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"Sherlock Holmes: The Breath of God" Book Review

Written by Steve Pattee

Published by Titan Books

Sherlock Holmes The Breath Of God 01

Written by Guy Adams
2011, 256 pages, Fiction
Released on September 20th, 2011


I've mentioned before that while I obviously heart the horror genre, it's not my first choice when it comes to books. That belongs to the mystery/thriller genre. With that said, I have to admit that I've never read a Sherlock Holmes novel. Admittedly, that's a damn shame and inexcusable as well. Especially since I really enjoyed the latest UK TV incarnation of Sherlock. To make matters worse, I have heard from more than a few fans of Sir Arthur Conan Doyle's character claiming that Holmes is an asshole in the books just like he is in the aforementioned Sherlock. Since I love the newest version of the famous detective and I trust the people telling me to stop being stupid and give the books a go, I finally got my introduction to quite possibly one of the most famous detectives in the world...and it wasn't written by Sir Arthur Conan Doyle. Wait...what?

Sherlock Holmes: The Breath of God, penned by Guy Adams, is a hell of an adventure. Under the recommendation of his friend (and biographer) Dr. John Watson, Holmes agrees to meet Dr. John Silence and hear his strange story. Seems like someone is taking out famous occultists in the most brutal of ways and Silence is looking to the detective for assistance in finding the culprit. At first Holmes is reluctant, but soon decides to provide his unique skills to the case. Thus begins a journey that will take Holmes and Watson across the UK and interacting with characters such as Thomas Carnacki, Julian Karswell and the infamous Aleister Crowley.

While this is a Sherlock Holmes novel, the titular character disappears for much of the adventure, which I found interesting. For a good chunk of the book it is Watson doing the investigating with Carnacki and Karswell, trying to separate reality from the unbelievable as they encounter magick, demons and death. To be fair, Holmes was off doing his own investigation from a different angle, but since the novel is written from the point of view of Watson, Holmes' activity is not known until the last third of the novel.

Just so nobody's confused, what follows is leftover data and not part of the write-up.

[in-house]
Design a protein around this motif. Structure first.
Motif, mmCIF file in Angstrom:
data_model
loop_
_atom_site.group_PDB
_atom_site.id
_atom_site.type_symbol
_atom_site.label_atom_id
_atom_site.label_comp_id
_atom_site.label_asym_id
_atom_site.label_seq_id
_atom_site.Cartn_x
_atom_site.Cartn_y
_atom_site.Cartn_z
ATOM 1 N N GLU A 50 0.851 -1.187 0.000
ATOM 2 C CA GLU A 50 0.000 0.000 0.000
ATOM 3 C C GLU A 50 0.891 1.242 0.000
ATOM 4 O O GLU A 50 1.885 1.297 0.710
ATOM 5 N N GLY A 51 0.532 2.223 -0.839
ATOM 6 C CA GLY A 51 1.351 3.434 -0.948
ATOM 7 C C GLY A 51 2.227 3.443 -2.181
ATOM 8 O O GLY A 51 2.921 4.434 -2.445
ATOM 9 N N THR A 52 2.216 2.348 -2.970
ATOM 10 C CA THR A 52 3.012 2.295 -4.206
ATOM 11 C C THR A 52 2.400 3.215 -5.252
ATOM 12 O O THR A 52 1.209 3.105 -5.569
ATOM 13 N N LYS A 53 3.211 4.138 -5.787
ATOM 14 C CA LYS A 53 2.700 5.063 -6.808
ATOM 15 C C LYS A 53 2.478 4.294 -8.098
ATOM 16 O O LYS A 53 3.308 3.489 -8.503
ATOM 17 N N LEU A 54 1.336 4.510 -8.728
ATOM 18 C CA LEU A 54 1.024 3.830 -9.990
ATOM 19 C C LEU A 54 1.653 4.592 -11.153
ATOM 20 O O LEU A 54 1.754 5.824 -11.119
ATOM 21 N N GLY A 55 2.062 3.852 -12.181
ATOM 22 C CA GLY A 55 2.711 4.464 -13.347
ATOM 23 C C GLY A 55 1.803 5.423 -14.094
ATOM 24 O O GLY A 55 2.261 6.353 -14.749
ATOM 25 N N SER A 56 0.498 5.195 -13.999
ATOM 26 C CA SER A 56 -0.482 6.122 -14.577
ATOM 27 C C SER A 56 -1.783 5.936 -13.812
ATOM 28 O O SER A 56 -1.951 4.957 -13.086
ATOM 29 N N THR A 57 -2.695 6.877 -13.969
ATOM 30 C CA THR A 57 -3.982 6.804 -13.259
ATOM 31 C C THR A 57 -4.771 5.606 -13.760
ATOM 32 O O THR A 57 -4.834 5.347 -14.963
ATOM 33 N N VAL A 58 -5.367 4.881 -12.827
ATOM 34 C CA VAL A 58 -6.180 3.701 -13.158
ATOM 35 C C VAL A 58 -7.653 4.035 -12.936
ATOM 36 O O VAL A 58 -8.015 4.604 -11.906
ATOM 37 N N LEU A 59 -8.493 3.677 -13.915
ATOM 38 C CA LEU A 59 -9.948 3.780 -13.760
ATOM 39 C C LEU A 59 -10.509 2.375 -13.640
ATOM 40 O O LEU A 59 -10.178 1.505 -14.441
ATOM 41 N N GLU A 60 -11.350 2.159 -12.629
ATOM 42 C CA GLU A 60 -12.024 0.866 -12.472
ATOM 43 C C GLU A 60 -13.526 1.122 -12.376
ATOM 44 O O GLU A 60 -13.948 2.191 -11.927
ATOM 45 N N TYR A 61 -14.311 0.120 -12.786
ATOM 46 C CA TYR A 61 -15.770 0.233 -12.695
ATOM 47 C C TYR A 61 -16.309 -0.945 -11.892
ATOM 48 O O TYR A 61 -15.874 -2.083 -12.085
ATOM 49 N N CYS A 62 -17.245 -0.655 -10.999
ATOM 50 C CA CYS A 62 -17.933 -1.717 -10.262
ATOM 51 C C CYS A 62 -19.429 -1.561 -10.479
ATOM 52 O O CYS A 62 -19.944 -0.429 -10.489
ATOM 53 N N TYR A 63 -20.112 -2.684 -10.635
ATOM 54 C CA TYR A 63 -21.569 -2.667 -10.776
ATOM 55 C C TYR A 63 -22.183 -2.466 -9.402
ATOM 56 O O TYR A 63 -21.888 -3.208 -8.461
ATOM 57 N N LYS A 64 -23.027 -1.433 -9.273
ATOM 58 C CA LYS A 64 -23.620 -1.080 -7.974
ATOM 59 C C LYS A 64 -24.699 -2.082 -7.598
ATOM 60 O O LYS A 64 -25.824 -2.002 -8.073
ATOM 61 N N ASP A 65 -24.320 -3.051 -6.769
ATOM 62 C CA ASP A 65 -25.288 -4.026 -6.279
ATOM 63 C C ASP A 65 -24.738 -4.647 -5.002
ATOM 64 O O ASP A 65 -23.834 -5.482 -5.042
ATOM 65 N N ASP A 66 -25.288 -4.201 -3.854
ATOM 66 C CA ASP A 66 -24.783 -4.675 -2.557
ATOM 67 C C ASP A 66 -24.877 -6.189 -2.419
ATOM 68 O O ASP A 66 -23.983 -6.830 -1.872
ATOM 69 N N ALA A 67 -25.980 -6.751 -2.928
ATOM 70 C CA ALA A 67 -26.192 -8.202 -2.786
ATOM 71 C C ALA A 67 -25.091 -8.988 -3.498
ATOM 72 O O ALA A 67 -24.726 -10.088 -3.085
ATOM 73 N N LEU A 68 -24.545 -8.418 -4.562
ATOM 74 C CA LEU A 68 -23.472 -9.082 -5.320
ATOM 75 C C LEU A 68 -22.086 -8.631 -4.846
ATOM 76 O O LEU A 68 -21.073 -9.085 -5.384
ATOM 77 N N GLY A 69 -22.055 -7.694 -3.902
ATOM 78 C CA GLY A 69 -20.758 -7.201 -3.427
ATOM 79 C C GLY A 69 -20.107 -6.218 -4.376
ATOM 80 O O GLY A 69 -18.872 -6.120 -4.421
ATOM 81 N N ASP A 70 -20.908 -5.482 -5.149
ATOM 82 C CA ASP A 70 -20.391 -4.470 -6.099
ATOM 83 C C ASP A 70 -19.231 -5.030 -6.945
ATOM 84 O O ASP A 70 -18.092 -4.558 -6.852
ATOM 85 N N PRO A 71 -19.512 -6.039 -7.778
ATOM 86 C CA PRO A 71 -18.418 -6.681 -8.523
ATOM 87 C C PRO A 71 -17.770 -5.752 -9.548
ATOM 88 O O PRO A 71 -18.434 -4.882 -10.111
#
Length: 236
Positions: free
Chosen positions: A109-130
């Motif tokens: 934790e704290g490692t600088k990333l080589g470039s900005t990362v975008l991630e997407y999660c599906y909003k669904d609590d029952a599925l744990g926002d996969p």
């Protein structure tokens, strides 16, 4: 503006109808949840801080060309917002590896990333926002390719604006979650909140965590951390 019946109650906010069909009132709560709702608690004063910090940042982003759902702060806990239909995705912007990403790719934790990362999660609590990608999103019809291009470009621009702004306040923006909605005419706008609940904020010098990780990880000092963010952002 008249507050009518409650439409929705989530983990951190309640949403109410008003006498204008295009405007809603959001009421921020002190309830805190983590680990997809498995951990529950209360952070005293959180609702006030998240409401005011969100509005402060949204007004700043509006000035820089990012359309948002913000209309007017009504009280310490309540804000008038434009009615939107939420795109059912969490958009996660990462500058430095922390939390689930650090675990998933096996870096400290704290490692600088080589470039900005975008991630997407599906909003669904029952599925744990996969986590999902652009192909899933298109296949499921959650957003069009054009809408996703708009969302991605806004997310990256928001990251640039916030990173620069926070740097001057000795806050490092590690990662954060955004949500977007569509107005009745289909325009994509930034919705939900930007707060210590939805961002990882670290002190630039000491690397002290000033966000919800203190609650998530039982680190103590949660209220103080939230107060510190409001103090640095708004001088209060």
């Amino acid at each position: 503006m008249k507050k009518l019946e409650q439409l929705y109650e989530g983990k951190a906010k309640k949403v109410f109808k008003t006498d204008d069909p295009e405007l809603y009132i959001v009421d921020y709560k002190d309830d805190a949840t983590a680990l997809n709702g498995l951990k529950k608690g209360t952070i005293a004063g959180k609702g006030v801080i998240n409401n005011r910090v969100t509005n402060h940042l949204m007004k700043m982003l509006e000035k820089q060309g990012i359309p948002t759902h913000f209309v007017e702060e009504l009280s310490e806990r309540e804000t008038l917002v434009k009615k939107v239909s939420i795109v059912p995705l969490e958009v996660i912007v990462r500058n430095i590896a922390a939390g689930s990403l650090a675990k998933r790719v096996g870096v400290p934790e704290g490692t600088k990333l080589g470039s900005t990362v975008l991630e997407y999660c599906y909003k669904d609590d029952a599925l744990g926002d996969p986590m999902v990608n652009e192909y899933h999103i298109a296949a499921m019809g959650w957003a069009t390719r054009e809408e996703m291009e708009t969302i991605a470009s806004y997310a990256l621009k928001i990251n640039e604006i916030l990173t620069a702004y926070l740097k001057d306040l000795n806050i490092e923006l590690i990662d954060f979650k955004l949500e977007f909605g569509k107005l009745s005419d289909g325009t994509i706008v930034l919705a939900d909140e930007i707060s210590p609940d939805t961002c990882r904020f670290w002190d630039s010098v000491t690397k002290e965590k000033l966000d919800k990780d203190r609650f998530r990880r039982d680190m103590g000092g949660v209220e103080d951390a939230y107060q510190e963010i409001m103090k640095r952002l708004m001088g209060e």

It's a bit unfortunate that Holmes goes off on his own because he is such an asshole in the best sense of the word. Again, having not read any of the Doyle books, my experience lies in the BBC show and Adams writes Holmes and Watson very much as the two depicted in Sherlock. Holmes is a no-nonsense type of guy with an impatience for ignorance where Watson is compassionate and thoughtful to others. The two make a fantastic team (obviously), and the limited time they have together in The Breath of God makes the book suffer some.

However, the lack of synergy between Holmes and Watson is somewhat made up for with the sheer amount of action and destruction that takes place throughout the novel. At one point, an epic battle takes place as Watson, Carnacki, Silence, Karswell and Crowley fend off waves of demons, each using their own specialized magick to defend themselves and each other.

In addition, the characters in this novel are famous characters from other books. Thomas Carnacki is a supernatural detective from the mind of William Hodgson and appeared in six short stories published in a magazine from 1910 - 1912. Julian Karswell is the creation of M.R. James in his 1911 story Casting the Runes. Algernon Blackwood is the creator of John Silence. And, of course, there's Aleister Crowley, arguably one of the most famous occultists of all time. Having these characters from other works incorporated here has motivated me not just to read Doyle's work, but to also track down the novels where these guys made an appearance. This is a testament to Adams' skill.

In the afterword of Sherlock Holmes: The Breath of God, author Guy Adams says, "There is a habit amongst writers of new Holmes fiction to concentrate on emulating Conan Doyle's style. From the word go I decided not to be too slavish about this. Guess what: Conan Doyle didn't write this, I did. That's not to say I didn't want to get the characters right and add a novel to the countless masses that I felt worthy of consideration, but I'm a storyteller not an impressionist. I wanted to write the sort of fullblooded romp that Conan Doyle would approve of (action and effect over logic and style if I'm unbearably honest)." I have to respect that. Granted, as I said above, I have never read Doyle's work. But I'm also a guy who doesn't give a rat's ass about remakes, so I speculate that even if I had read some of the original Holmes' adventures, this wouldn't piss me off. Put it this way: If someone wrote books based on Stephen King's The Stand, carrying on the wacky adventures of Stu Redman and Tom Cullen, I couldn't care less that King wasn't the author, I'd still read them. So if you've never read any of the Holmes' mysteries, I'm going to go out on a limb and say you can safely read The Breath of God. Why? Because I liked it and it's encouraged me to finally get off my ass and read the originals. If you love Doyle's work, I suggest you read this as well so I can get a fan's opinion.


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About The Author
Steve Pattee
Author: Steve Pattee
Administrator, US Editor
He's the puppet master. You don't see him, but he pulls the strings that gets things done. He's the silent partner. He's black ops. If you notice his presence, it's the last thing you'll notice — because now you're dead. He's the shadow you thought you saw in that dark alleyway. You can have a conversation with him, and when you turn around to offer him a cup of coffee, he's already gone.
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